The Three Songs I Play Every Opening Day

The Podcasting Store
3 min readMar 29, 2024


By Drew Holmes

Growing up just south of Boston, I was born a Red Sox fan. This love of baseball history and traditions is deeply ingrained in the New England psyche and the mood of the region ebbs and flows with the Olde Towne Team’s position in the standings.

Over the years I have created a tradition. Every Opening Day of the Major League Baseball season I play three songs that are near and dear to the hearts of all Red Sox fans. Each has a different meaning but no matter where I am that day they all transport me to a different time and place.

The first is Tessie by the Dropkick Murphys.

This song dates to the earliest days of Boston baseball, over 100 years ago, and was from the Broadway musical The Silver Slipper. The first Red Sox superfans, the Royal Rooters, sang the song as a rallying cry to help the then Boston Americans win the first World Series over the Pittsburgh Pirates in 1903. The Dropkick Murphys’ version recounts the story of the Royal Rooters and how their rabid fandom contributed to Boston’s World Series win.

Every time I hear this song, I’m transported back to 2004. Like the 1903 Americans, the Red Sox were in the playoffs and facing elimination but did not give up and somehow found a way to win. They staged the greatest comeback in baseball history, breaking the 86-year-old Curse of the Bambino. When I hear the Murphys’ bagpipes wail and piano thump I remember how that team persisted and accomplished something no one had ever done before.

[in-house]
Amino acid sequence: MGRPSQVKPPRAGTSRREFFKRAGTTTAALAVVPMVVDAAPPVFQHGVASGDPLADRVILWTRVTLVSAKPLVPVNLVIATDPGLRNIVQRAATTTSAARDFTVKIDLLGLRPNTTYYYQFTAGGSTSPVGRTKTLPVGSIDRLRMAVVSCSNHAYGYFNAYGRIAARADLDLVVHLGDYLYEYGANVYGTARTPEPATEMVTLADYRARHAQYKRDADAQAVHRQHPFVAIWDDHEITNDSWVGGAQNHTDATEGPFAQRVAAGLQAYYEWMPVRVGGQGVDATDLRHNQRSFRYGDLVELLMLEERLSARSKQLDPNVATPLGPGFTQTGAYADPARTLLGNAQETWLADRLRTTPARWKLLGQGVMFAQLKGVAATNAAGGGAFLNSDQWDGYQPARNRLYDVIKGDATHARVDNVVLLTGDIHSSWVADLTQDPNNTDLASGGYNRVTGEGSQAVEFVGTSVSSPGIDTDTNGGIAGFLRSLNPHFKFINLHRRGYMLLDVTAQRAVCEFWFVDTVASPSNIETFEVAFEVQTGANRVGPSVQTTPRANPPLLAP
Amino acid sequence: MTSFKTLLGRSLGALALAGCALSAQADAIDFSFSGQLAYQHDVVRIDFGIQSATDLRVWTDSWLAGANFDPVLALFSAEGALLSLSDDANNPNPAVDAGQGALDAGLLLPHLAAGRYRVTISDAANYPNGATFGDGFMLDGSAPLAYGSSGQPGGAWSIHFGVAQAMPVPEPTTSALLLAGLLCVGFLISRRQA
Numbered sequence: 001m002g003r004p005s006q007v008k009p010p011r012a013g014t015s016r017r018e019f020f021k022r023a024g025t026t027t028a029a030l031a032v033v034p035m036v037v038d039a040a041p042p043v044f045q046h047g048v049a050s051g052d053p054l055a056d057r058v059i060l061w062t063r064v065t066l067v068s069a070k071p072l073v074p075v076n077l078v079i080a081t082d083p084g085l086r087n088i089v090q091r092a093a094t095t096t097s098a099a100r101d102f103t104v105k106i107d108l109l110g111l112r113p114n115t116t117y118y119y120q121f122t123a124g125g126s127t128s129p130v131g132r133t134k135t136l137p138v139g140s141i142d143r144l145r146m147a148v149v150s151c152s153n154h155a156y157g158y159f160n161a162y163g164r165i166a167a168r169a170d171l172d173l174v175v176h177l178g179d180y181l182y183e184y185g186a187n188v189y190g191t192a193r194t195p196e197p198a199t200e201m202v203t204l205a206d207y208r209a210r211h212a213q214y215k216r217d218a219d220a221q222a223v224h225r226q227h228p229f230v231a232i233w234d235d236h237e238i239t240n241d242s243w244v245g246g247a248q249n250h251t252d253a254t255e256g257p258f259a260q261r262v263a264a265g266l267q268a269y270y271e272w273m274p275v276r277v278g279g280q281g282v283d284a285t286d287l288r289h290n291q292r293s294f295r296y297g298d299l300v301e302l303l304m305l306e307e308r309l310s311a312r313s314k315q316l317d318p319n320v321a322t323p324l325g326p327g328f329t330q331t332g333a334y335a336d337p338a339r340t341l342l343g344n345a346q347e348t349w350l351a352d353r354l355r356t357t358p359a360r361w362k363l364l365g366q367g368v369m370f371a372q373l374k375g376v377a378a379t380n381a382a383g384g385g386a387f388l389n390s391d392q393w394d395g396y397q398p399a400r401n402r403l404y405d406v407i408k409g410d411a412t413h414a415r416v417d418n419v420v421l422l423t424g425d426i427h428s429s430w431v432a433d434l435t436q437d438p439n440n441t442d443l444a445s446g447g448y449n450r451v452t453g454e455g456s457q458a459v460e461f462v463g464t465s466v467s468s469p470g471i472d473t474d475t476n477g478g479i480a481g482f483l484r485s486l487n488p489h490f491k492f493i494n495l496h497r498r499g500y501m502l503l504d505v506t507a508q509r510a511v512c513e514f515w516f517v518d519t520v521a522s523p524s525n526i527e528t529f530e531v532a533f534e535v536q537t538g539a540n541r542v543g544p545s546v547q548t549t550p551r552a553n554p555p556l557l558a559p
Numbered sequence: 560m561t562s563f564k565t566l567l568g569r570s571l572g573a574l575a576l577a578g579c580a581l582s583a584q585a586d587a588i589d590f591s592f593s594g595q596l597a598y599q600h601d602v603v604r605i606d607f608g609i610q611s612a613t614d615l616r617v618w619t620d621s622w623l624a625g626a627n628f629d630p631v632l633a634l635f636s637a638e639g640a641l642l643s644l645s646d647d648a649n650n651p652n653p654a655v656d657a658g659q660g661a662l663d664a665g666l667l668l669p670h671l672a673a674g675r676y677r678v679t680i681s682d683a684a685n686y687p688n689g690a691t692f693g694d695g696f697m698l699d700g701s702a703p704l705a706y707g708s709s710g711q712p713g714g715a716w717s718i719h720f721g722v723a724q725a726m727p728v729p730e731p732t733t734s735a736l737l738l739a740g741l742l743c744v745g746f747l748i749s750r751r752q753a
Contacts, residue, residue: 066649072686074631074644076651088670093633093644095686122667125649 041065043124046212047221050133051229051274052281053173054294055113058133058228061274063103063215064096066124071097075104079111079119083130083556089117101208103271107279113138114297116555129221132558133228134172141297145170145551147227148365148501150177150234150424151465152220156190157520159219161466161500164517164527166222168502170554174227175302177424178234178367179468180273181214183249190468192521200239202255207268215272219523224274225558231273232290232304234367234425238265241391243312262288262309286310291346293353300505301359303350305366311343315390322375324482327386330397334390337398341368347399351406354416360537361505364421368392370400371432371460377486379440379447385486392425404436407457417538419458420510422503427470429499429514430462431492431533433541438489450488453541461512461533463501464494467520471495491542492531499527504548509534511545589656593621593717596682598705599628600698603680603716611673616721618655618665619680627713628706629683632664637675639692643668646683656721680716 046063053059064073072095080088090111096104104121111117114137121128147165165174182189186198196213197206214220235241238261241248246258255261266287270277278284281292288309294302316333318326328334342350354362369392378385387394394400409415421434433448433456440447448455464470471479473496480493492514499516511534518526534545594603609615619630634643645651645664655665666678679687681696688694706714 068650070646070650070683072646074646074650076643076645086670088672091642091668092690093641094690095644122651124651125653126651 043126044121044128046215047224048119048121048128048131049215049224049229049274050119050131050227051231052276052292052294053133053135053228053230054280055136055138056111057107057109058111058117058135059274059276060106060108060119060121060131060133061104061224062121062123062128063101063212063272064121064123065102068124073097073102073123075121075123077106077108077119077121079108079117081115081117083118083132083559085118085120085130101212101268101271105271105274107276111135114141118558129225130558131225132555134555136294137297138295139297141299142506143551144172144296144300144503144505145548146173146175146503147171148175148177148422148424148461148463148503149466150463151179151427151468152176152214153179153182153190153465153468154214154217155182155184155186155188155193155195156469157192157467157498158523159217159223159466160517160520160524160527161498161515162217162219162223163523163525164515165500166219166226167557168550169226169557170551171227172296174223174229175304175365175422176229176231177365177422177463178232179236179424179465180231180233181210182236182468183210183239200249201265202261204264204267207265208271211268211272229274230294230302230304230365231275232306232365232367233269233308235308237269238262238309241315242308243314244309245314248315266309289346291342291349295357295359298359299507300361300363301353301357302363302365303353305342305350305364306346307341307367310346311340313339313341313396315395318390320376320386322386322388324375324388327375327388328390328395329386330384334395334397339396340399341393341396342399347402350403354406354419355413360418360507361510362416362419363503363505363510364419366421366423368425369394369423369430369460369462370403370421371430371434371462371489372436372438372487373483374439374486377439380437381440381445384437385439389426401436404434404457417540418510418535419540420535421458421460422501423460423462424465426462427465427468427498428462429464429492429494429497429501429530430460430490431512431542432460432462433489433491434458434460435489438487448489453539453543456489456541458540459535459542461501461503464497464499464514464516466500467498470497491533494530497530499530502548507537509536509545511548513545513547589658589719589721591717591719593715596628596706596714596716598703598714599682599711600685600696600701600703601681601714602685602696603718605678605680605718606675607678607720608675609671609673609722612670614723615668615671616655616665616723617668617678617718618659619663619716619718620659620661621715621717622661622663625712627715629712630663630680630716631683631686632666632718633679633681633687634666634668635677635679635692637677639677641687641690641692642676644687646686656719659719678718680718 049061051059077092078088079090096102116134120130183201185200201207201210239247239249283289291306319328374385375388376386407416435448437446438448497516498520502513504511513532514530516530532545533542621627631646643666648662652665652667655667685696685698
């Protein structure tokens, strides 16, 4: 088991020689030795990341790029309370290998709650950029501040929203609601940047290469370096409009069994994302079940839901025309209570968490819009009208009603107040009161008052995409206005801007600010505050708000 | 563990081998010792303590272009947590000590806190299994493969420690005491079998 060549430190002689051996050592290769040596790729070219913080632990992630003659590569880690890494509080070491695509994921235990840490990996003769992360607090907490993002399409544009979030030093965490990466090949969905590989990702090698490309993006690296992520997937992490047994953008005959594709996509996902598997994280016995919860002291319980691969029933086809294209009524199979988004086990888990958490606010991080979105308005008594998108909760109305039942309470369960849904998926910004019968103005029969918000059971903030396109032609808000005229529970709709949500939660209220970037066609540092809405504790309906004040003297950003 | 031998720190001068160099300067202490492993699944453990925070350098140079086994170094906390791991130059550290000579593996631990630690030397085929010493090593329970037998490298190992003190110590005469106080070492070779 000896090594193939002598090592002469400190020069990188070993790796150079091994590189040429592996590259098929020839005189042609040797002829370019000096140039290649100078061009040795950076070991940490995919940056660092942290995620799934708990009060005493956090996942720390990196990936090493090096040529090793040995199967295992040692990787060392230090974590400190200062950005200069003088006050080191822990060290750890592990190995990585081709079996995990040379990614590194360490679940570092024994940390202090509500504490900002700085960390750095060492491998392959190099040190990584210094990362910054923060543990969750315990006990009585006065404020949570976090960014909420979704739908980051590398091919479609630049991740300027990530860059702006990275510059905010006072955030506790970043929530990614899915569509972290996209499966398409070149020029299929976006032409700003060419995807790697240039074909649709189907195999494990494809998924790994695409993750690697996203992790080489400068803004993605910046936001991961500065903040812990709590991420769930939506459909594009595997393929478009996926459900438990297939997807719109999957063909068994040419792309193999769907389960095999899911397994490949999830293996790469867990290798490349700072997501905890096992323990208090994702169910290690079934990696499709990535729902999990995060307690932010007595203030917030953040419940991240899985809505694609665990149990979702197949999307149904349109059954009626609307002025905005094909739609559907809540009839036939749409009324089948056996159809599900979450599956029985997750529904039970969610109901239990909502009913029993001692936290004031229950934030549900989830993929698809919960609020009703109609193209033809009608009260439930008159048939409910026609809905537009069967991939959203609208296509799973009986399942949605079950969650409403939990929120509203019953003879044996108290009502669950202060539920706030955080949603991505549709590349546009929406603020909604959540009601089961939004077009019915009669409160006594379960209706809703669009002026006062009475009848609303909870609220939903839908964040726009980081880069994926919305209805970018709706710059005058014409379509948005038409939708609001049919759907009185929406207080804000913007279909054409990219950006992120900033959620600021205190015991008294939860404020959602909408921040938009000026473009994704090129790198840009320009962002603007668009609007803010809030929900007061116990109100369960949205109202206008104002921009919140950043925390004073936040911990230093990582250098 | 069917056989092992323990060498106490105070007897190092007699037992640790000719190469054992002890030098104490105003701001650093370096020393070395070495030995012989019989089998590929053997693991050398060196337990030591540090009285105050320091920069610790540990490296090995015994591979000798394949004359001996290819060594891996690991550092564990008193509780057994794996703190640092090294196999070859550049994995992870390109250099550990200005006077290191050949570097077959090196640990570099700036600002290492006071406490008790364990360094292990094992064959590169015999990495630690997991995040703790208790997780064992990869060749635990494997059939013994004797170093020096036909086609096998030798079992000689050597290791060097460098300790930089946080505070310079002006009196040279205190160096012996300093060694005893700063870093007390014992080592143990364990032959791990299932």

The next song is Neil Diamond’s Sweet Caroline.

When this song plays, I’m instantly in Fenway Park. No specific game, but it’s the middle of the eighth inning, and the Red Sox will soon bat. The words to the song are on the scoreboard, but the sold-out stadium does not need them. The crowd sings with reckless abandon, swaying as one, belting out the iconic “Bah! Bah! Bah!” with childlike enthusiasm. Neither the score nor the opposing team matter. In my mind I’m at the game with my dad, taking time to just be in the moment.

The final song is the Standells classic Dirty Water.

If you did not grow up in New England, this ode to a polluted Boston Harbor may be an odd choice for a sports team’s victory song. From the first twang of the iconic guitar riff you’re at attention, and the valentine to the city of Boston unfolds. As the lyrics talk about the criminals and lovers by the banks of the Charles River, you realize that your fondness for the city is because of its warts, not despite them. Like Boston, the Red Sox may not be perfect, but it is this imperfection that makes you love them.

Music has the power to instantly take us to a completely different time and place, to alter moods in ways that are beyond our control. Opening day is always full of hope. Taking time to celebrate with music is the best way I can imagine honoring the past while optimistically looking forward to the future. Here’s to a great season of baseball and making memories.



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